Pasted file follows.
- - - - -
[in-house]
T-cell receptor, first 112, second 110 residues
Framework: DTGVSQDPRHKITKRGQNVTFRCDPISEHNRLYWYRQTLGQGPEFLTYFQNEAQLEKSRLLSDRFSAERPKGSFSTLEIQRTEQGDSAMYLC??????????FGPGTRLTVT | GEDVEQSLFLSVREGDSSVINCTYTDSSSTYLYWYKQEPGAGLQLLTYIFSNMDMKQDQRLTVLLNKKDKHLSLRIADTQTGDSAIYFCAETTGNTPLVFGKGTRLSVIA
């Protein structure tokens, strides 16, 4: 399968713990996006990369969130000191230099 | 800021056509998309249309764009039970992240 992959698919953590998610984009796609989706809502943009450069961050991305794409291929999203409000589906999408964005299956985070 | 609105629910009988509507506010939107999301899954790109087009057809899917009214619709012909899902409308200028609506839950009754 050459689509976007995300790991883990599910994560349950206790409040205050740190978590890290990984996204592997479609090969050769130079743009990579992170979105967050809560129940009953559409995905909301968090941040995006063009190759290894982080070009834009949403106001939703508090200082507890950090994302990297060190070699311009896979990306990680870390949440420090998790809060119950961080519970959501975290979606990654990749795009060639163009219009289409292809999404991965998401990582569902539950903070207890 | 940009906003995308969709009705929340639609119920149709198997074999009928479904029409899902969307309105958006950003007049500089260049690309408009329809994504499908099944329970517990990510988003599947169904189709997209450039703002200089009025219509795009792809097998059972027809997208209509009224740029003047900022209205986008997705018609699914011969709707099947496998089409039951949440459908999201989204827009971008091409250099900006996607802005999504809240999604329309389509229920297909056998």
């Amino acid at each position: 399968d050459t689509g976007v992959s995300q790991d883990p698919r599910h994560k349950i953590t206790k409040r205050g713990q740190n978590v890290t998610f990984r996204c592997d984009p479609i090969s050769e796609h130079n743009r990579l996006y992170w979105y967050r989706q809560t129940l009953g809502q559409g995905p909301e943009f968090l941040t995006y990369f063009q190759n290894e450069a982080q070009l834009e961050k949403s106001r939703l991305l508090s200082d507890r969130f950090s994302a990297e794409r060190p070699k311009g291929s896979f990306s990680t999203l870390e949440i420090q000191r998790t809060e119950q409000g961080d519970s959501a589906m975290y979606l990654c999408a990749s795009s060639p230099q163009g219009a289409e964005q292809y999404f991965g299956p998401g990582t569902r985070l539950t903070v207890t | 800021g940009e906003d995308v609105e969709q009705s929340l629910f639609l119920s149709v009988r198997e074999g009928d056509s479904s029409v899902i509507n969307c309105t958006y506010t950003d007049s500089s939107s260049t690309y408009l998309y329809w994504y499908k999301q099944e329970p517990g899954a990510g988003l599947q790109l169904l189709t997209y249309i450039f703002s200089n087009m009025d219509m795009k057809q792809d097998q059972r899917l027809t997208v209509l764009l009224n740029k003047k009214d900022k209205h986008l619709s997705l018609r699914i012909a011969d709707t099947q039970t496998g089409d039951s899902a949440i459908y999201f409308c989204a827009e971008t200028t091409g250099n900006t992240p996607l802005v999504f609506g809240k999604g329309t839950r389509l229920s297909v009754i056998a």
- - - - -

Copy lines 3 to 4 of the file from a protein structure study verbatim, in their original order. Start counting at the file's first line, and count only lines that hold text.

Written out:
Framework: DTGVSQDPRHKITKRGQNVTFRCDPISEHNRLYWYRQTLGQGPEFLTYFQNEAQLEKSRLLSDRFSAERPKGSFSTLEIQRTEQGDSAMYLC??????????FGPGTRLTVT | GEDVEQSLFLSVREGDSSVINCTYTDSSSTYLYWYKQEPGAGLQLLTYIFSNMDMKQDQRLTVLLNKKDKHLSLRIADTQTGDSAIYFCAETTGNTPLVFGKGTRLSVIA
């Protein structure tokens, strides 16, 4: 399968713990996006990369969130000191230099 | 800021056509998309249309764009039970992240 992959698919953590998610984009796609989706809502943009450069961050991305794409291929999203409000589906999408964005299956985070 | 609105629910009988509507506010939107999301899954790109087009057809899917009214619709012909899902409308200028609506839950009754 050459689509976007995300790991883990599910994560349950206790409040205050740190978590890290990984996204592997479609090969050769130079743009990579992170979105967050809560129940009953559409995905909301968090941040995006063009190759290894982080070009834009949403106001939703508090200082507890950090994302990297060190070699311009896979990306990680870390949440420090998790809060119950961080519970959501975290979606990654990749795009060639163009219009289409292809999404991965998401990582569902539950903070207890 | 940009906003995308969709009705929340639609119920149709198997074999009928479904029409899902969307309105958006950003007049500089260049690309408009329809994504499908099944329970517990990510988003599947169904189709997209450039703002200089009025219509795009792809097998059972027809997208209509009224740029003047900022209205986008997705018609699914011969709707099947496998089409039951949440459908999201989204827009971008091409250099900006996607802005999504809240999604329309389509229920297909056998």